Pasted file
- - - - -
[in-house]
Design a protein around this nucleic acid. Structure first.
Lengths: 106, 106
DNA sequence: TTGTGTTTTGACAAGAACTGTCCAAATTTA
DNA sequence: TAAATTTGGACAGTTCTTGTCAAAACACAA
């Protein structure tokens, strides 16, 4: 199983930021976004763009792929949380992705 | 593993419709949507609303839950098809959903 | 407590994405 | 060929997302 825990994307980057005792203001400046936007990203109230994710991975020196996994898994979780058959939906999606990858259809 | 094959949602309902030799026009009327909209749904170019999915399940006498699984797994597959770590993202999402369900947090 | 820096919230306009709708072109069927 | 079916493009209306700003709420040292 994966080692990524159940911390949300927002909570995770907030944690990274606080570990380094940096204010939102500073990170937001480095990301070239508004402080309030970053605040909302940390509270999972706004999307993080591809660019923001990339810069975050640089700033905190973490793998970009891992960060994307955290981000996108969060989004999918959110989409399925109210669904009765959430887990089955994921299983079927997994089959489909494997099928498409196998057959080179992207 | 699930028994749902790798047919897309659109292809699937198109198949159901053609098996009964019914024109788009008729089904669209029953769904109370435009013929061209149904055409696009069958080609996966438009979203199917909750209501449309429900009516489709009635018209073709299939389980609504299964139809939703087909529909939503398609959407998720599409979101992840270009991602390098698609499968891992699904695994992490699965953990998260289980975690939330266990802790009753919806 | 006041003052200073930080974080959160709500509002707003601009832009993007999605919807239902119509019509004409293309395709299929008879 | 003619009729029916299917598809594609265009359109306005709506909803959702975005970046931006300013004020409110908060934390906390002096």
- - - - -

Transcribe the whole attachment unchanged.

[in-house]
Design a protein around this nucleic acid. Structure first.
Lengths: 106, 106
DNA sequence: TTGTGTTTTGACAAGAACTGTCCAAATTTA
DNA sequence: TAAATTTGGACAGTTCTTGTCAAAACACAA
């Protein structure tokens, strides 16, 4: 199983930021976004763009792929949380992705 | 593993419709949507609303839950098809959903 | 407590994405 | 060929997302 825990994307980057005792203001400046936007990203109230994710991975020196996994898994979780058959939906999606990858259809 | 094959949602309902030799026009009327909209749904170019999915399940006498699984797994597959770590993202999402369900947090 | 820096919230306009709708072109069927 | 079916493009209306700003709420040292 994966080692990524159940911390949300927002909570995770907030944690990274606080570990380094940096204010939102500073990170937001480095990301070239508004402080309030970053605040909302940390509270999972706004999307993080591809660019923001990339810069975050640089700033905190973490793998970009891992960060994307955290981000996108969060989004999918959110989409399925109210669904009765959430887990089955994921299983079927997994089959489909494997099928498409196998057959080179992207 | 699930028994749902790798047919897309659109292809699937198109198949159901053609098996009964019914024109788009008729089904669209029953769904109370435009013929061209149904055409696009069958080609996966438009979203199917909750209501449309429900009516489709009635018209073709299939389980609504299964139809939703087909529909939503398609959407998720599409979101992840270009991602390098698609499968891992699904695994992490699965953990998260289980975690939330266990802790009753919806 | 006041003052200073930080974080959160709500509002707003601009832009993007999605919807239902119509019509004409293309395709299929008879 | 003619009729029916299917598809594609265009359109306005709506909803959702975005970046931006300013004020409110908060934390906390002096």